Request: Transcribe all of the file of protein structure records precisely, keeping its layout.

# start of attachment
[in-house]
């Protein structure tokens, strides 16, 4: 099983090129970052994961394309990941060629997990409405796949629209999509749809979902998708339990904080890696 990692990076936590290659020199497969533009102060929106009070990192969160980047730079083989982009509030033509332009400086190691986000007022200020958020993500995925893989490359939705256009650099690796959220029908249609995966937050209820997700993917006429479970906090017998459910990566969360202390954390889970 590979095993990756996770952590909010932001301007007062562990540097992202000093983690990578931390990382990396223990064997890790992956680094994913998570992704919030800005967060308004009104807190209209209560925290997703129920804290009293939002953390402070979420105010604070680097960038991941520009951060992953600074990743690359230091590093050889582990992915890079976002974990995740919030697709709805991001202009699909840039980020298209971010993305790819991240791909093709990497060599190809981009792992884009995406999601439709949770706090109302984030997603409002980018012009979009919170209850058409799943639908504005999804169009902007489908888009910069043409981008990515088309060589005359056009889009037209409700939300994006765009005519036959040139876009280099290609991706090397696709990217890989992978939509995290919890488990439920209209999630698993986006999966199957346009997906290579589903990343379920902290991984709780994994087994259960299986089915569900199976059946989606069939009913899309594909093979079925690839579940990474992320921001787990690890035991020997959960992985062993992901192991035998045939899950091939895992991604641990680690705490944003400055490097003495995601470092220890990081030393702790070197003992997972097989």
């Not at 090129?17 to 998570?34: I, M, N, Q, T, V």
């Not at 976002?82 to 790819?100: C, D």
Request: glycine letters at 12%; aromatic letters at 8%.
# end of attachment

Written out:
[in-house]
């Protein structure tokens, strides 16, 4: 099983090129970052994961394309990941060629997990409405796949629209999509749809979902998708339990904080890696 990692990076936590290659020199497969533009102060929106009070990192969160980047730079083989982009509030033509332009400086190691986000007022200020958020993500995925893989490359939705256009650099690796959220029908249609995966937050209820997700993917006429479970906090017998459910990566969360202390954390889970 590979095993990756996770952590909010932001301007007062562990540097992202000093983690990578931390990382990396223990064997890790992956680094994913998570992704919030800005967060308004009104807190209209209560925290997703129920804290009293939002953390402070979420105010604070680097960038991941520009951060992953600074990743690359230091590093050889582990992915890079976002974990995740919030697709709805991001202009699909840039980020298209971010993305790819991240791909093709990497060599190809981009792992884009995406999601439709949770706090109302984030997603409002980018012009979009919170209850058409799943639908504005999804169009902007489908888009910069043409981008990515088309060589005359056009889009037209409700939300994006765009005519036959040139876009280099290609991706090397696709990217890989992978939509995290919890488990439920209209999630698993986006999966199957346009997906290579589903990343379920902290991984709780994994087994259960299986089915569900199976059946989606069939009913899309594909093979079925690839579940990474992320921001787990690890035991020997959960992985062993992901192991035998045939899950091939895992991604641990680690705490944003400055490097003495995601470092220890990081030393702790070197003992997972097989």
């Not at 090129?17 to 998570?34: I, M, N, Q, T, V």
């Not at 976002?82 to 790819?100: C, D």
Request: glycine letters at 12%; aromatic letters at 8%.